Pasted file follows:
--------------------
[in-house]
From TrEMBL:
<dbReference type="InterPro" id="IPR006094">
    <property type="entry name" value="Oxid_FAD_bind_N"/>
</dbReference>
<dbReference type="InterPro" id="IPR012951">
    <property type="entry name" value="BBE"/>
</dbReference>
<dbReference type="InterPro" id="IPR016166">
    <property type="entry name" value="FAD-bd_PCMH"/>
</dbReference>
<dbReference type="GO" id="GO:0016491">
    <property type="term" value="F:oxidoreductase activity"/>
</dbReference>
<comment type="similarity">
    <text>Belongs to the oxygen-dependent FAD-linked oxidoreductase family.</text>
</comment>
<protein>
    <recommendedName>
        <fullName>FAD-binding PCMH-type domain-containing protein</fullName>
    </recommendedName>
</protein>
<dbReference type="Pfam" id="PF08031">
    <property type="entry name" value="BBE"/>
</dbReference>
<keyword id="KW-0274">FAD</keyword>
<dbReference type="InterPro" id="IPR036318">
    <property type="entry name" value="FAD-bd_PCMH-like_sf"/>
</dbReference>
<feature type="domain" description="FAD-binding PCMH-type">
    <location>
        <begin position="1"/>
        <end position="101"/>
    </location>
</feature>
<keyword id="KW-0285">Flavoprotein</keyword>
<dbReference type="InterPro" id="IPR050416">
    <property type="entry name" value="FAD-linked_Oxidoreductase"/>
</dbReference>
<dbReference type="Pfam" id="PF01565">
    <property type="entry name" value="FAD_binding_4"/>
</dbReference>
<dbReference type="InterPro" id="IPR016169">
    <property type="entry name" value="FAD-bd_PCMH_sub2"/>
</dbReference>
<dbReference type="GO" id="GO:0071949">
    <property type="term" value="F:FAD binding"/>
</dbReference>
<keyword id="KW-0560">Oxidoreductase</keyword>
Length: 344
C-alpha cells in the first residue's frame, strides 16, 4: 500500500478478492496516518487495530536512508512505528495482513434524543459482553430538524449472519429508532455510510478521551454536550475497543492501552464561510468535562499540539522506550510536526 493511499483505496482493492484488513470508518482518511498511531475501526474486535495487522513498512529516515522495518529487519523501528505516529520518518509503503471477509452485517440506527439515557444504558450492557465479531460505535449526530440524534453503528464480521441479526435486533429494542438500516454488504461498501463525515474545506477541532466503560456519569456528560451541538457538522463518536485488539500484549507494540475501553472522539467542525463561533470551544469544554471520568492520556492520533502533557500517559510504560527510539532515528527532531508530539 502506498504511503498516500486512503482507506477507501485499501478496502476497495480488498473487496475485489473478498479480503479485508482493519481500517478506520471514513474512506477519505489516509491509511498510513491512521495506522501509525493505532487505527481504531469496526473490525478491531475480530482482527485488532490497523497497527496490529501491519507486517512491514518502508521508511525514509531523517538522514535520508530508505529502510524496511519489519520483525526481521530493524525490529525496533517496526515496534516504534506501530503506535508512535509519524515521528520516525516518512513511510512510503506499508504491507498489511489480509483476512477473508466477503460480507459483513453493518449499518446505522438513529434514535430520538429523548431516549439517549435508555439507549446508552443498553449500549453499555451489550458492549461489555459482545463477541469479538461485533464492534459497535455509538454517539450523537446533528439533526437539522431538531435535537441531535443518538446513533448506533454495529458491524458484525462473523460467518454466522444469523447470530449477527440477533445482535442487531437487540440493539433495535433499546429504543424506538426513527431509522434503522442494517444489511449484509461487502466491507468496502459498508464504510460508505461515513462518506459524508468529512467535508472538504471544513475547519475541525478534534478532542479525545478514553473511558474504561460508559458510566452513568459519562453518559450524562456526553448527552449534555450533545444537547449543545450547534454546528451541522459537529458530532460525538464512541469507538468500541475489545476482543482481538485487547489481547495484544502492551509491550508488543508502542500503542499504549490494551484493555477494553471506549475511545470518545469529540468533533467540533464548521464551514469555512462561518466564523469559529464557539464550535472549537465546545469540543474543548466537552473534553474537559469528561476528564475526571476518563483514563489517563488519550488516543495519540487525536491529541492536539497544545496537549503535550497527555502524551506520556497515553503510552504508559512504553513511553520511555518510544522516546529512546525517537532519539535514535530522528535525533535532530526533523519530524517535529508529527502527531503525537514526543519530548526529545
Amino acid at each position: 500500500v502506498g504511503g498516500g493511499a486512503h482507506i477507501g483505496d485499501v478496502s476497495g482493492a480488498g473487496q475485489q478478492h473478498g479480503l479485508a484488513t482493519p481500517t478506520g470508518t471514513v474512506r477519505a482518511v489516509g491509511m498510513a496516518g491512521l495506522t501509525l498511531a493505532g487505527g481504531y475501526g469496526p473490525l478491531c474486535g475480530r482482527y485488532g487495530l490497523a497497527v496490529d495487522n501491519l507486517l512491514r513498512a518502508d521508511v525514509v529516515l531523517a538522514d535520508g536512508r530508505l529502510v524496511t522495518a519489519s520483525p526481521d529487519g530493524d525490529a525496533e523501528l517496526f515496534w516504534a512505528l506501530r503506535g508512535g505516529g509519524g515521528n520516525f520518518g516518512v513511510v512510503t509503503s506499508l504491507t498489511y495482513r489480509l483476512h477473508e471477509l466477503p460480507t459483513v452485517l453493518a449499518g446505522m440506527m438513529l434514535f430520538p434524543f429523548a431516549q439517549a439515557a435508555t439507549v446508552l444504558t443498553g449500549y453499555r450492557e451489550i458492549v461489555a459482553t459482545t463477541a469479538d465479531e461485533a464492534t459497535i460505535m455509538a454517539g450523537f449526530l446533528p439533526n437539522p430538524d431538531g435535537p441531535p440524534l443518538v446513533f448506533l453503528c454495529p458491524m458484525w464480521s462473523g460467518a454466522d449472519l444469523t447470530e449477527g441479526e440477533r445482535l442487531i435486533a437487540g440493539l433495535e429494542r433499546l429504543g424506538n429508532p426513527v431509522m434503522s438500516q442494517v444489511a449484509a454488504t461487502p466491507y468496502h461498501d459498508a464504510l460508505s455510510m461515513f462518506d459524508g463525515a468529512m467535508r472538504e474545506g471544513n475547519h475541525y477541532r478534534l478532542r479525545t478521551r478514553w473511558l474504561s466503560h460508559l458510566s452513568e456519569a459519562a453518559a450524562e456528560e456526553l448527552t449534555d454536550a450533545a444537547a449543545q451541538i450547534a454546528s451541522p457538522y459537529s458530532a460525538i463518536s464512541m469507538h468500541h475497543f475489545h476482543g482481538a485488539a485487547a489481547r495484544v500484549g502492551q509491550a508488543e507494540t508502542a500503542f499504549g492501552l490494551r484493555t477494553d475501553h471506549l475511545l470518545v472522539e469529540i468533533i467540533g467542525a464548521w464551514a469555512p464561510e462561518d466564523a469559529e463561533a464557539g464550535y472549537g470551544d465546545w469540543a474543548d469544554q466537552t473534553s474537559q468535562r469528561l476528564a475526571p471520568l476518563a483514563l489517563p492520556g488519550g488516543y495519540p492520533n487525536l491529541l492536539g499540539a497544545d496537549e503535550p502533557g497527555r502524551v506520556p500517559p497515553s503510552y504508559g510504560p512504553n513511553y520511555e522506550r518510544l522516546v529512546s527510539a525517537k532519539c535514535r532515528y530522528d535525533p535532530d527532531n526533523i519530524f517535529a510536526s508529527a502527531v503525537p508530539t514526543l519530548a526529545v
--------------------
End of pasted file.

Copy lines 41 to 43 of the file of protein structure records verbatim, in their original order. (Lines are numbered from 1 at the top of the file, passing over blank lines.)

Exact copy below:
    <property type="entry name" value="FAD_binding_4"/>
</dbReference>
<dbReference type="InterPro" id="IPR016169">